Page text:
8. FutureFuel Corp. (NYSE:FF)
Number of Hedge Fund Investors In Q2 2023: 11
FutureFuel Corp. (NYSE:FF) is a biofuel company that makes and sells biodiesel and other blends. The firm's second quarter earnings results saw it report a $9.9 million loss, as the firm explained that some revenue was not recorded by the time that the quarter ended.
After digging through 910 hedge funds for their June quarter of 2023 shareholdings, Insider Monkey discovered 11 FutureFuel Corp. (NYSE:FF) investors. Jim Simons' Renaissance Technologies is the biggest stakeholder among these through its $12.9 million investment.
7. REX American Resources Corporation (NYSE:REX)
Number of Hedge Fund Investors In Q2 2023: 11
REX American Resources Corporation (NYSE:REX) is a pure play ethanol producer headquartered in Dayton, Ohio. The firm's shares are rated Strong Buy on average and analysts have penned in a $7 upside based on the average share price target.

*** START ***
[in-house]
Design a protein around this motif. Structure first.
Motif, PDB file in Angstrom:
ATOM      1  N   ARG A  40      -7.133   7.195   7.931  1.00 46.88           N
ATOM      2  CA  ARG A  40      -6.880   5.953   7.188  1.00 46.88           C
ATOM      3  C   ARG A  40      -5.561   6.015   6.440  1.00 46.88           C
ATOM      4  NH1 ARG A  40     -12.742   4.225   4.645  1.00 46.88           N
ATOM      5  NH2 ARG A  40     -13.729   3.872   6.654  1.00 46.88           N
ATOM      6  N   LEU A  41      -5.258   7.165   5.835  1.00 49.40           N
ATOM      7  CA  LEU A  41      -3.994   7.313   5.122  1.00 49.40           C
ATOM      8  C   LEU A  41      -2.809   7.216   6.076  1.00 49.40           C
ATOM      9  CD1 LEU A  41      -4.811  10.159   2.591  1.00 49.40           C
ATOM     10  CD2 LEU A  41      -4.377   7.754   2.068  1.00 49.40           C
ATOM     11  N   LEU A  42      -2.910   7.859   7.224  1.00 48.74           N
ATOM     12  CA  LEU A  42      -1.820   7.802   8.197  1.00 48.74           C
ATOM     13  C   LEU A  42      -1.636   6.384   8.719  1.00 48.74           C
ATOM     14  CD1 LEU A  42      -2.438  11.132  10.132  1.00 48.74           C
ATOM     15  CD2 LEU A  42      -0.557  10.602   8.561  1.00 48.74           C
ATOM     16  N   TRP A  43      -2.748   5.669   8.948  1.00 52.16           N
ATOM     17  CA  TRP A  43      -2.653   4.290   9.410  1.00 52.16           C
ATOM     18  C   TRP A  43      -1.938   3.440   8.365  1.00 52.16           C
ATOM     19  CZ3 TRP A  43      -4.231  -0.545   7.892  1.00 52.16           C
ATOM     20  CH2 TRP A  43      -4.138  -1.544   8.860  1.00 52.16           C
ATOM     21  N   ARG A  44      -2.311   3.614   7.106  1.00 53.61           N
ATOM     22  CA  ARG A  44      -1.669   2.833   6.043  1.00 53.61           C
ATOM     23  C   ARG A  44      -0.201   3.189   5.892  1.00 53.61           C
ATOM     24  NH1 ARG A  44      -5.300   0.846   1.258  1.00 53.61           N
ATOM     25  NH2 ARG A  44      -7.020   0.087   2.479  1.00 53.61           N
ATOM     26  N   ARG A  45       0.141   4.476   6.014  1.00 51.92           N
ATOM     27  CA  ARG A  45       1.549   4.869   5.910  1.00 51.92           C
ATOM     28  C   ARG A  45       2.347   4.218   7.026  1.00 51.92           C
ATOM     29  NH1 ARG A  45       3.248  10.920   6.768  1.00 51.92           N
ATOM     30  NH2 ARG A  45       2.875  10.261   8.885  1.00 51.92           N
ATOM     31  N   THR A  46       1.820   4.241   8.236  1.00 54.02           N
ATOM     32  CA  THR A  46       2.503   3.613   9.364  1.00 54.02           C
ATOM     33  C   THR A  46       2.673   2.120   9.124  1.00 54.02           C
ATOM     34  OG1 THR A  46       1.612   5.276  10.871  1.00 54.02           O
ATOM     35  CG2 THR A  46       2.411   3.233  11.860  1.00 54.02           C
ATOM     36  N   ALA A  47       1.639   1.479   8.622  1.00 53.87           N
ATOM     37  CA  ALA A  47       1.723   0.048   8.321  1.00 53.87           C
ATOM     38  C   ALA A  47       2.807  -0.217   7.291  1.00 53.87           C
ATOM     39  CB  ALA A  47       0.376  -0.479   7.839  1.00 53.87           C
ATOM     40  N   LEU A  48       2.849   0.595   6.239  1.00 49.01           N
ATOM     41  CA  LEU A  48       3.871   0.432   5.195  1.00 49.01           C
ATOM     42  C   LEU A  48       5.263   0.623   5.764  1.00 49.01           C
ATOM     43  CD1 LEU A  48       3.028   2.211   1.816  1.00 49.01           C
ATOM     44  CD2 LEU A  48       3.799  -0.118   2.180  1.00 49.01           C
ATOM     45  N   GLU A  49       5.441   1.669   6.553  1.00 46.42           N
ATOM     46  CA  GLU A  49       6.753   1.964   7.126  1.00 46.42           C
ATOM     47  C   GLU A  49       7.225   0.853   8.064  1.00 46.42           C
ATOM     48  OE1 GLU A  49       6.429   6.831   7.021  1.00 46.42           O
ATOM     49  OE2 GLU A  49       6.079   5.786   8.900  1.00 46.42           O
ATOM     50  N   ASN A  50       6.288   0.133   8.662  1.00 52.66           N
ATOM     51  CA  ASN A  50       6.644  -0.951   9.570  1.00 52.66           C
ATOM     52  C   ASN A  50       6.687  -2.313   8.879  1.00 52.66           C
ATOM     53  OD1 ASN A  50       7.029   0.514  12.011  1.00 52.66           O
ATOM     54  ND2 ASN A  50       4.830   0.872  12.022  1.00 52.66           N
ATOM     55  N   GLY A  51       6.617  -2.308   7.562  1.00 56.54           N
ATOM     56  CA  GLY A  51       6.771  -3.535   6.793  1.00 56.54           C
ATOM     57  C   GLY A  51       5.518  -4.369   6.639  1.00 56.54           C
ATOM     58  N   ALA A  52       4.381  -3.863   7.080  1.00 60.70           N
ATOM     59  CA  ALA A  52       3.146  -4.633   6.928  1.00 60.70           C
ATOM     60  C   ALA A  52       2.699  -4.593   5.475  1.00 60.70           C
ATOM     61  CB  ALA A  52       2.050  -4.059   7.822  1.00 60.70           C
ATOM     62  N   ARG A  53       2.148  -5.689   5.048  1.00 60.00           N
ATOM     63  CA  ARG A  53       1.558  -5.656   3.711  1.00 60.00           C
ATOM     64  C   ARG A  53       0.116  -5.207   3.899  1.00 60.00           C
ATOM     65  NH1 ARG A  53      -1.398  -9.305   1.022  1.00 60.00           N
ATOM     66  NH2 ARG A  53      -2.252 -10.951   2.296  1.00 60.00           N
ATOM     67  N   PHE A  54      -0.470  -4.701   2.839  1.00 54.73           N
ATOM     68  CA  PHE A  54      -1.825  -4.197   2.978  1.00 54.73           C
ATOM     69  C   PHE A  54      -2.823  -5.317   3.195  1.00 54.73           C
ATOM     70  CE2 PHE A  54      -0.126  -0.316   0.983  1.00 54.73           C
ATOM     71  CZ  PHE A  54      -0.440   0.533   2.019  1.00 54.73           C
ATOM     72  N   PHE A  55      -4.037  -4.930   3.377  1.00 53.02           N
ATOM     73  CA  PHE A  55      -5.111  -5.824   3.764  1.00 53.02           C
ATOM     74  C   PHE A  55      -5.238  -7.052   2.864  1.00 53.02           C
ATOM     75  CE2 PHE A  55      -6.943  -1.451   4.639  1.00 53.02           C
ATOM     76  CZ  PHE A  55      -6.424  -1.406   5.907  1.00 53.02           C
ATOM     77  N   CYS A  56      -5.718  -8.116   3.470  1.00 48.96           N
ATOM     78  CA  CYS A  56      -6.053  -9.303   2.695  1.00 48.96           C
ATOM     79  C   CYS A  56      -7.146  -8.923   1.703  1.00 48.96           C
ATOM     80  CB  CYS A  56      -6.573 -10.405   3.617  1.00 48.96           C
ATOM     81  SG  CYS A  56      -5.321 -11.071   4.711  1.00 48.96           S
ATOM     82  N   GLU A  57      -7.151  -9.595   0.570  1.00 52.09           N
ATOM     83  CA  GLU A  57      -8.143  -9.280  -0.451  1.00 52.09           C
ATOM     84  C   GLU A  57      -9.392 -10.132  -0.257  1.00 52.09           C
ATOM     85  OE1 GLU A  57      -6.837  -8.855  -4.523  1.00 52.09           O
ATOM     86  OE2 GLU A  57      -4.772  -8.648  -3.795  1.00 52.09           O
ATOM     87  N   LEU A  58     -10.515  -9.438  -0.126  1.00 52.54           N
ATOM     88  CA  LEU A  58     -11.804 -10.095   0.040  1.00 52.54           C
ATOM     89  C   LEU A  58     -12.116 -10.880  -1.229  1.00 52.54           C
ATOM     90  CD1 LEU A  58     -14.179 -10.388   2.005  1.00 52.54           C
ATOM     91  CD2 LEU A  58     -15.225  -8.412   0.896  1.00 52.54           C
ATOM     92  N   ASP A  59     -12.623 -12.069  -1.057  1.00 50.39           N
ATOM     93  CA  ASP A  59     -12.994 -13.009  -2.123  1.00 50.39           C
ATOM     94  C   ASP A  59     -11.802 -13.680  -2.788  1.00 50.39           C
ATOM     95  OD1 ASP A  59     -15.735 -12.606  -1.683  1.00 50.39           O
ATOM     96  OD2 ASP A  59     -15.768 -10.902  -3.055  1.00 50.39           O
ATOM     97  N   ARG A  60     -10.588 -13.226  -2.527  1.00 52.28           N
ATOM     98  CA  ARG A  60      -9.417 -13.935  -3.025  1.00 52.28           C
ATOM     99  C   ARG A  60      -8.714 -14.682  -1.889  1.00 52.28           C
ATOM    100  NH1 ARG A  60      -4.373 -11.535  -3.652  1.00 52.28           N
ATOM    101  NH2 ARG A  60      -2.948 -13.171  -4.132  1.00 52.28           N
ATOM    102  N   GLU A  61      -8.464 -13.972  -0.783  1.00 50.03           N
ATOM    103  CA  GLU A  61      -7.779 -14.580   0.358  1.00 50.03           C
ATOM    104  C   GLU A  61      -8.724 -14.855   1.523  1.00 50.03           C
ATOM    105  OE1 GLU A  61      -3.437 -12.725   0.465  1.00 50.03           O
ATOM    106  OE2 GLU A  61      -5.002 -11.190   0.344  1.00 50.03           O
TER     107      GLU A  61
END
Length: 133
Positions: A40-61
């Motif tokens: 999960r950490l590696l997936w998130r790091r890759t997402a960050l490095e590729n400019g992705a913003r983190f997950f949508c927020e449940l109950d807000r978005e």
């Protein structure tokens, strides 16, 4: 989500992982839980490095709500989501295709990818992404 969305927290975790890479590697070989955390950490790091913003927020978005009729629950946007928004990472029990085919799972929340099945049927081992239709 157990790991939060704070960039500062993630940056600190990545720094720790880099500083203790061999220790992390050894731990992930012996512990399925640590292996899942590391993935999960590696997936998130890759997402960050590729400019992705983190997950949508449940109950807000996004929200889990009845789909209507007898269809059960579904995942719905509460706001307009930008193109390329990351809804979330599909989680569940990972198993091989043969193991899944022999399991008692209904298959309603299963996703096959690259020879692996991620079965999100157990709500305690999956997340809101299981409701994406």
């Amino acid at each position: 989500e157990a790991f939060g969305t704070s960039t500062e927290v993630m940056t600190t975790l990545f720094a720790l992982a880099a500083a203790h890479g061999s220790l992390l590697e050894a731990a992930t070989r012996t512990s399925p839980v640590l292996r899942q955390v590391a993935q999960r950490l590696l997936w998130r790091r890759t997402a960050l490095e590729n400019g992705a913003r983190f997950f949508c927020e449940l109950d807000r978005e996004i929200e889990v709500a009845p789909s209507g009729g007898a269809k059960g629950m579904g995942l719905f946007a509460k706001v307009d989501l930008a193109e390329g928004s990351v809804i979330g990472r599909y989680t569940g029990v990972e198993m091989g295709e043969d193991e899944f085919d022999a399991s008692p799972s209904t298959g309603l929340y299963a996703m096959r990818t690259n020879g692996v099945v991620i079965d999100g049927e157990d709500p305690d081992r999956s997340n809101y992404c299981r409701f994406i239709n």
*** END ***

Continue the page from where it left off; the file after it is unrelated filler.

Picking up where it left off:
As of June 2023, out of the 910 hedge funds tracked by Insider Monkey, 11 had bought and owned the firm's shares. Out of these, REX American Resources Corporation (NYSE:REX)'s largest shareholder is Jim Simons' Renaissance Technologies since it owns 892,215 shares that are worth $31 million.
6. OPAL Fuels Inc. (NASDAQ:OPAL)
Number of Hedge Fund Investors In Q2 2023: 12
OPAL Fuels Inc. (NASDAQ:OPAL) is another RNG company and one that also enables trucking companies to shift from diesel to the environmentally friendly fuel. It's another stock that is rated as a Strong Buy on average by analysts, and the firm beat second quarter EPS estimates by a wide margin.
12 out of the 910 hedge funds surveyed by Insider Monkey had held a stake in OPAL Fuels Inc. (NASDAQ:OPAL) as of Q2 2023. Along with NewMarket Corporation (NYSE:NEU), Green Plains Inc. (NASDAQ:GPRE), and KBR, Inc. (NYSE:KBR), it is a top biofuel stock.
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Disclosure: None. 10 Best Biofuel Stocks To Buy Now is originally published on Insider Monkey.